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Anyone who read the comment’s on yesterday’s post, Twitter: Don’t blame Ruby, blame Scoble, will know that blogger Robert Scoble was not too happy that Twitter seemed to be placing some of the blame for its woes on the “popular” users such as himself. (For the record, Twitter never explicitly mentioned Scoble’s name, but it is fairly obvious that Scoble is perhaps the most server-straining of the popular users, see Dave Winer’s Twitter Spewage list for more on that.)

Today, armed with his Nokia N95 mobile video phone and the power of live streaming video service Qik, Scoble invaded the Twitter offices to get answers. The video, embedded below, shows Twitter co-founders Ev Williams and Biz Stone being very open about some of Twitter’s most recent issues. As we’ve said before, this newfound transparency is definitely a good thing.

From the outset of the video it’s very clear that Williams in particular wants Scoble to know that they are not blaming him for the service’s woes — but they do seem to agree with Scoble’s own assessment that he is a burden on the system, joking even at one point that perhaps he could get his own server, where he can’t talk to anyone. Still, they correctly allude to the fact that the problem the Scoble and other power users create is their burden to fix.

For me, this blaming Scoble aspect was just a somewhat facetious approach to come at the real story, which was a discussion about some of the very real problems and misconceptions about what Twitter is facing right now. Anyone who read past the fifth paragraph will find the real meat: the discussion with Nati Shalom, GigaSpaces’ chief technology officer, about what Twitter could have possibly done differently when launching the service (hindsight is, of course, always 20/20) and what can be done now.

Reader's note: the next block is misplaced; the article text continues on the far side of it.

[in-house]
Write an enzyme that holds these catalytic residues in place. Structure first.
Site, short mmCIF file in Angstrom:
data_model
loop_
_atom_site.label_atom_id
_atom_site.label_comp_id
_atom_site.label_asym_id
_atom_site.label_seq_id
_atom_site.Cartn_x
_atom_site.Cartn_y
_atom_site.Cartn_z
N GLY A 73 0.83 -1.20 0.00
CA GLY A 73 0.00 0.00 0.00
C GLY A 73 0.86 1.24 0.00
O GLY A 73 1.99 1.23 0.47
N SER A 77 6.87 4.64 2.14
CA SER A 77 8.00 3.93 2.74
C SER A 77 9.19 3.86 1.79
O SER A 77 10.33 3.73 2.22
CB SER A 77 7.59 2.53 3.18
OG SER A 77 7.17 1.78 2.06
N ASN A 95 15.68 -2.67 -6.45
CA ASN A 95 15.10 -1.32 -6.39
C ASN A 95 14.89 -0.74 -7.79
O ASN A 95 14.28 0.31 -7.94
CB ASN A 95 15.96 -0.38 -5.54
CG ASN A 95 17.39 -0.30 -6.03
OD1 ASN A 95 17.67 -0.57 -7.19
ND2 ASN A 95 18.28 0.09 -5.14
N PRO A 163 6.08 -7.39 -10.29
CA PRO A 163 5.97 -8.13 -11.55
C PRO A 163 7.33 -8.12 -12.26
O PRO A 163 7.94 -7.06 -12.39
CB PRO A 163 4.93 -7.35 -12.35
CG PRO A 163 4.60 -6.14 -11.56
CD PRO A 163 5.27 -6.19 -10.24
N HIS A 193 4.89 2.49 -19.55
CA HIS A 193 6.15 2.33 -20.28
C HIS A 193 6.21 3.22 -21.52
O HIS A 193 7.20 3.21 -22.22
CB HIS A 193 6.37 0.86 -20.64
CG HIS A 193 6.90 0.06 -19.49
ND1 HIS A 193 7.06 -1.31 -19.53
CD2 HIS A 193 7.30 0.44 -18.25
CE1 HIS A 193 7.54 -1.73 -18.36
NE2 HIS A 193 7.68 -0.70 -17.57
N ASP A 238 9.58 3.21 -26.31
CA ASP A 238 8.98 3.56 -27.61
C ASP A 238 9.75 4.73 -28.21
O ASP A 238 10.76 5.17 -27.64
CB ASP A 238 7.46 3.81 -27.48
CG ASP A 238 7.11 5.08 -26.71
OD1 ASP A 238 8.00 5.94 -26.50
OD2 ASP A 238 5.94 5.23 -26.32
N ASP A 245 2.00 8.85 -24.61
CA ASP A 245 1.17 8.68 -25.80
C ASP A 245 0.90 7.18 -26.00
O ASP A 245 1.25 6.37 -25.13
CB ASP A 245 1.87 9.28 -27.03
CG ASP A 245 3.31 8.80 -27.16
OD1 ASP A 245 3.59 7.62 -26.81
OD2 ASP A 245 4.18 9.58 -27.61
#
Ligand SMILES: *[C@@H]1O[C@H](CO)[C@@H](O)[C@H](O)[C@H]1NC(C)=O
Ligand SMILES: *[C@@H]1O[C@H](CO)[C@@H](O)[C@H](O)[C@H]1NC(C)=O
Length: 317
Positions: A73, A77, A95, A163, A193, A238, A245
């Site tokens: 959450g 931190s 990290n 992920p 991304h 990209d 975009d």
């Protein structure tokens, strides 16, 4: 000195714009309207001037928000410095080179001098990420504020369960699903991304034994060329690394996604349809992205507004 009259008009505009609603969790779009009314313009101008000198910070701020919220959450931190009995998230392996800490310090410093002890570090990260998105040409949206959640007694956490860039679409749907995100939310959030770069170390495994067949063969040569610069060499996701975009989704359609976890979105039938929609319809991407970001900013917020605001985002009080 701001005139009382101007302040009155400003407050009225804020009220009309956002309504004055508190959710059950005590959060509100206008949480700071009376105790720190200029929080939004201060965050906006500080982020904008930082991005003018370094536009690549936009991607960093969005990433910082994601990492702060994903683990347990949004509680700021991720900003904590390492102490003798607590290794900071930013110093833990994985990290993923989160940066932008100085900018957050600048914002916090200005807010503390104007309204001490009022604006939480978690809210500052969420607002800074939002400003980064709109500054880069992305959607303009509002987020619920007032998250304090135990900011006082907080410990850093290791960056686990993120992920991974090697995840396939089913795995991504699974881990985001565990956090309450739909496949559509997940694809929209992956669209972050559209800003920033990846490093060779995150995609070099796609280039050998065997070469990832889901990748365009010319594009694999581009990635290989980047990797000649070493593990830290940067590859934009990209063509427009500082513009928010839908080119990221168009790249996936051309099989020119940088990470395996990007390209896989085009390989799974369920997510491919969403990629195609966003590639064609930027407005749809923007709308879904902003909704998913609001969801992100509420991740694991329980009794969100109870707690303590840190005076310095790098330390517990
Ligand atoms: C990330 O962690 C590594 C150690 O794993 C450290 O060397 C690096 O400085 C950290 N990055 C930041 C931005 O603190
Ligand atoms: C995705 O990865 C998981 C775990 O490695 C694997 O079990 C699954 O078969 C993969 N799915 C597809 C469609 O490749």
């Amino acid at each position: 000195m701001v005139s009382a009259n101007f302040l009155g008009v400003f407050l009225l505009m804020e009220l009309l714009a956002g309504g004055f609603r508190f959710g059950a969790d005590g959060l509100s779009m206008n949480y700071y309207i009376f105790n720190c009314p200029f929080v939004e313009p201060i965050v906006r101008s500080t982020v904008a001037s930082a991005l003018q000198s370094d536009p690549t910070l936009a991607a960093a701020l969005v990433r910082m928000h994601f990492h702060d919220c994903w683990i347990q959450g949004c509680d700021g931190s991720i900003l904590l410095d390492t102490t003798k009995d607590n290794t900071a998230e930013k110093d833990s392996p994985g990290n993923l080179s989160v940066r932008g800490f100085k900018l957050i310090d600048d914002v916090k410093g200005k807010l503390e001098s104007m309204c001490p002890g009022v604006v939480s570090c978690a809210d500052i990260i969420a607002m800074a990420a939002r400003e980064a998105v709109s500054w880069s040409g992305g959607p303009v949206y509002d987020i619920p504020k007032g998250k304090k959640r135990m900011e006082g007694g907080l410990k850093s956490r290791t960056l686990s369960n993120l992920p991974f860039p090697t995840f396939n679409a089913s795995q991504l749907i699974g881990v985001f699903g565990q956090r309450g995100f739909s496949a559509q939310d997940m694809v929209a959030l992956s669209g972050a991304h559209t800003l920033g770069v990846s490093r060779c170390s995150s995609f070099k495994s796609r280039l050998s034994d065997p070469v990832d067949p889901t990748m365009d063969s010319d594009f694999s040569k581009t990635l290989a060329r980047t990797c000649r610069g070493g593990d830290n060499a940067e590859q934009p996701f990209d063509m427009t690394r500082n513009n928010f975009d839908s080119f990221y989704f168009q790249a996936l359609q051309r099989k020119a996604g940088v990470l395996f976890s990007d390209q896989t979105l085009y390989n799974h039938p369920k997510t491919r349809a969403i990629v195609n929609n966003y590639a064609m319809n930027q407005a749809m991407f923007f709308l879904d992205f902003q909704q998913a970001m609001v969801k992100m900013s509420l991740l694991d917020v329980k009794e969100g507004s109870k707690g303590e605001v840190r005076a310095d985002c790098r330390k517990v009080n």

It’s clear from Williams and Stone’s responses in the video that a lot of what Shalom was saying was right on the money. There is no simple, quick fix for Twitter, but the team seems confident that it will be able to tackle its issues.

So don’t blame Ruby on Rails, don’t blame Robert Scoble, blame the desire to get a new kind of company off the ground quickly and not knowing if it would even pan out.

It is also interesting to note that at one point in the video Williams says Twitter hasn’t ruled out temporarily suspending new account sign-ups or possibly turning off the ability to add new friends — so sign up and follow us while you can! You can find me on Twitter here along with fellow VentureBeat writers Eric Eldon, Dean Takahashi, Anthony Ha and Chris Morrison. Oh, and we have a VentureBeat account (for our posts) as well.

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